Alex Yee is currently 23-years-old and was born on 18 February 1998 in Lewisham, London.
Alex Yee’s career highlights
Here’s a break down of the key moments in Yee’s career so far, learn who has inspired his career and what he’s set his sights on for 2022.
August 2012: Watches Brownlee brothers’ success in London 2012
Among thousands in Hyde Park to see British triathlon Olympic medal success for the first time – proving that a dream could become reality.
June 2017: Suffers horror bike crash in Italy
A week before sitting his A-levels, Yee collids with a concrete bollard in his first World Cup race in Cagliari, suffering broken ribs, vertebrae and a collapsed lung.
May 2018: Wins British 10,000m title on debut
Defeats veterans Andy Vernon and Chris Thompson at Highgate to take a national title at 27:51:94 — barely 5secs outside Dave Bedford’s British U23 record set in 1971.
July 2018: Runs 13:34mins over 5,000m at London Anniversary Games
A first taste of Diamond League action against world’s best track runners in Olympic stadium. Yee returns the following year to improve his PB by 5secs.
September 2018: Races first-ever Olympic distance triathlon
Credit: Tommy Zaferes / World Triathlon
Yee scores a top ten in his first Olympic triathlon at the U23 Worlds in Queensland, Australia.
February/March 2019: Makes mark on world senior stage
Wins first World Cup in Cape Town then finishes runner-up to world champion Mario Mola in Abu Dhabi on his World Series debut. The world starts to pay attention.
June 2021: Wins first World Series race in Leeds
Secures Olympic qualification and thrills bumper home crowd in Roundhay Park and a live audience on BBC with accomplished all-around victory.
July 2021: Wins Olympic silver and gold
Credit: Getty Images
Takes on Norwegian Kristian Blummenfelt and Kiwi Hayden Wilde to finish second in the Tokyo 2020 men’s individual race, taking home a silver medal for Great Britain.
Anchors Team GB’s mixed team relay squad to inaugural Olympic title five days after finishing runner-up to a charging Blummenfelt in individual race.
August 2021: Misses out on world title in Edmonton
Despite being the fastest 10km run by 40secs, finishes 11th and must settle for third in the series as Blummenfelt adds world title to Olympic success.
September 2021: Hero’s return for first leg of Super League Triathlon
Sun and crowds out for a return to racing on home soil in London’s docklands as SLT starts four-week mini-season. Finishes fifth in Triple Mix format.
Wins Super League Triathlon title in Malibu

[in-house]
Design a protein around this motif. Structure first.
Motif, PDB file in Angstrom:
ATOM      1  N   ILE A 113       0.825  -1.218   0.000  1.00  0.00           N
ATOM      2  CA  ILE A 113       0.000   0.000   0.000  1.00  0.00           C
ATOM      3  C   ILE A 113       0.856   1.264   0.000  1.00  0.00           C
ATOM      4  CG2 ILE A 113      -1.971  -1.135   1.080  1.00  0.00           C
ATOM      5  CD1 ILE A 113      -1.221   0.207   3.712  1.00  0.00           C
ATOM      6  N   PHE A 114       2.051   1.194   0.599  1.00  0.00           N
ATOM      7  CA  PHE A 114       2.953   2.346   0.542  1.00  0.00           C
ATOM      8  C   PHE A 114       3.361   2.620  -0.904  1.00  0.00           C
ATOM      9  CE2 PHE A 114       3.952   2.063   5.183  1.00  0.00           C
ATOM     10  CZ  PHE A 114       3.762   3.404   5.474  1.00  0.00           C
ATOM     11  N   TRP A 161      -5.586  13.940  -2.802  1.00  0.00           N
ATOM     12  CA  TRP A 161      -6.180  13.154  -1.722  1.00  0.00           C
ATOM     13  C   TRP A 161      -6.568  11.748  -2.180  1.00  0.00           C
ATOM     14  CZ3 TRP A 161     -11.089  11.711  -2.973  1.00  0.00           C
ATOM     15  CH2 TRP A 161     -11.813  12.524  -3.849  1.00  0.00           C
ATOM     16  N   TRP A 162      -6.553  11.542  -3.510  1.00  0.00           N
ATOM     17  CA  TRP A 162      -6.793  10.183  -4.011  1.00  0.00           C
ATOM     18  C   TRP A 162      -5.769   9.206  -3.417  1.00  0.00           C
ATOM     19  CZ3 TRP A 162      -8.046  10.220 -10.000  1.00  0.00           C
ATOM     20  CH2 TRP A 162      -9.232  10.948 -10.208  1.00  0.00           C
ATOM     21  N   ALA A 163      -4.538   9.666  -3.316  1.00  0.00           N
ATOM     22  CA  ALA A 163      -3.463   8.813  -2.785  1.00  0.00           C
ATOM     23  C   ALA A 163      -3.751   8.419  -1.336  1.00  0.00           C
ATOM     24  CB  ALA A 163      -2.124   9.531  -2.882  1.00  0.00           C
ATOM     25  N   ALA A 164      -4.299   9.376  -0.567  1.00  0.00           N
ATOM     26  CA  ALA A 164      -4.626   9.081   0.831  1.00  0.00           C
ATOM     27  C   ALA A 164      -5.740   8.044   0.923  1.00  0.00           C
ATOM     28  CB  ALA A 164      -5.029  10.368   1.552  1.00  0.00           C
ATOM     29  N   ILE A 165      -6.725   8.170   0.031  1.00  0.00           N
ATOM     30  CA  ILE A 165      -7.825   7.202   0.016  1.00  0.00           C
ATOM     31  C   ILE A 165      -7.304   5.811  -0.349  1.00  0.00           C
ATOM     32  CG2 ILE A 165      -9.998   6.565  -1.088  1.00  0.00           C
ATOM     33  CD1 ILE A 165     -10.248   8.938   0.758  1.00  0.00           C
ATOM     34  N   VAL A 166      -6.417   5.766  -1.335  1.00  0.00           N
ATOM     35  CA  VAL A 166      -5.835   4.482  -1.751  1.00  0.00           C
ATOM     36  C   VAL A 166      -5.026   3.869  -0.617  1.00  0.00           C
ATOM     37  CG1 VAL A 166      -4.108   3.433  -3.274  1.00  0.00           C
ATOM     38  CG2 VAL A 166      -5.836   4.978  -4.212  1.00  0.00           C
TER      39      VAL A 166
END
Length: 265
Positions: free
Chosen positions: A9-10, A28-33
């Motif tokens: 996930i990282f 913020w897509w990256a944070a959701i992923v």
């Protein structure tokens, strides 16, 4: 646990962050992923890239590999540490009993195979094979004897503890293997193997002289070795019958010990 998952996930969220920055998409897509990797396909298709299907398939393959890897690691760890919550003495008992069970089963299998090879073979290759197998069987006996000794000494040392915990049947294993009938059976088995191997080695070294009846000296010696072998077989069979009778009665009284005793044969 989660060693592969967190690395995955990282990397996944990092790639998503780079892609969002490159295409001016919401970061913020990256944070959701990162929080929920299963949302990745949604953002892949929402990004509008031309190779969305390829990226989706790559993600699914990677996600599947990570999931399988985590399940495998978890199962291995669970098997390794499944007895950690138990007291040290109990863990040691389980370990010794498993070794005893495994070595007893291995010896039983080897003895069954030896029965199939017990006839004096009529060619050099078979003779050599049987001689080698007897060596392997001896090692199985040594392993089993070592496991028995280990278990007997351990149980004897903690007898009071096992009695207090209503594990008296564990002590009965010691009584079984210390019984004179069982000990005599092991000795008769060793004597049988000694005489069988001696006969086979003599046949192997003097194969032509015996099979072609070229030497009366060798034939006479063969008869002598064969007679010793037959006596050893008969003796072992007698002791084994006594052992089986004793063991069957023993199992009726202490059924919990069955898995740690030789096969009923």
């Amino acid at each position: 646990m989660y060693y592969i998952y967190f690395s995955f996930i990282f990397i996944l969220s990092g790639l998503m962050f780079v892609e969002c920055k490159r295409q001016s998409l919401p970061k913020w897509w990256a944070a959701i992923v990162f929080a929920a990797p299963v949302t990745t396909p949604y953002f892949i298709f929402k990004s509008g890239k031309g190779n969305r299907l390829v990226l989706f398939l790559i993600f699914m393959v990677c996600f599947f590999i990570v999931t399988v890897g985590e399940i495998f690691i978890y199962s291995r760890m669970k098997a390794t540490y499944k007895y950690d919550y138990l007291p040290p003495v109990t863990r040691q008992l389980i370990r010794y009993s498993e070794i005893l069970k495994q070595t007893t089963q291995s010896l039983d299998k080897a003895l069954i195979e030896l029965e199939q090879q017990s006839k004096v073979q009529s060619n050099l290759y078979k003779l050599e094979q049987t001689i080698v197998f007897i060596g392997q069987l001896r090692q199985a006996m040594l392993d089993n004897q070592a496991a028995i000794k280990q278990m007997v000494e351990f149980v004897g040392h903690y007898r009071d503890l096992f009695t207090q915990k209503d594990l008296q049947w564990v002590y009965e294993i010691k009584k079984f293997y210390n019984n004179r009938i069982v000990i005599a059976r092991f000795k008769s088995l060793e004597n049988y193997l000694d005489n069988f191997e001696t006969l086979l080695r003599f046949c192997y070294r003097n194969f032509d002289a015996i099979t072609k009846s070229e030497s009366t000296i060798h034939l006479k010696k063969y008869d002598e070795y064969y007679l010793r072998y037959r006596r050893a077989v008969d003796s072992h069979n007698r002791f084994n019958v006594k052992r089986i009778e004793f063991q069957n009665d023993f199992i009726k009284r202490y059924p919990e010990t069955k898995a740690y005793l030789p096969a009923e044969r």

After placing third in Munich and winning in Jersey, takes overall crown after beating Marten van Riel in a sprint finish in California and scoops $120k.
New Years 2022: Appointed an MBE
Yee was appointed a Member of the British Empire (MBE) during New Years Honors for his services to triathlon, along with his fellow relay gold medallists: Jonny Brownlee, Jess Learmonth and Georgia Taylor-Brown.
Alex Yee quotes
Credit: Getty Images
On being inspired by London 2012: “I feel I’m a product of London 2012. To have the Olympics on my doorstep and watch Ali and Jonny fly by really lit a fire for me.”
On his horror crash in Italy: “It gave me perspective, you realise that health is the No. 1 thing. And it gave me clarity that I loved triathlon.”
On winning his first WTCS race in Leeds: “My most complete race of the year – a proud moment that made me believe in myself and what I was doing. I remember being so present and able to make such clear race decisions. I was really living.”
On missing out on the world title in Edmonton: “Edmonton was a learning curve, and I’m at complete peace that I didn’t win because I don’t feel I’m at that point where I can call myself a world champ.”
On racing the Super League Triathlon series in 2021: “The SLT format doesn’t really suit me, but I found a way to be competitive. Racing in London is just different gravy, the support was incredible. Another highlight was the sprint finish with Jonny in Jersey.”
What’s next for Yee?
Next up on the horizon for Yee are the 2022 Commonwealth Games, set to take place in Birmingham, where he hopes to inspire a new generation of triathletes watching, as he was inspired by Ali and Jonny’s success in London 2012.
Beyond this, Yee aims to ‘be competitive in any race scenario’, with plans to work hard on the individual disciplines, breakout speeds and the physiology of cold-water swimming.
One thing’s for sure, there’s good things to come for Alex Yee. Watch this space.
Top image credit: Getty Images
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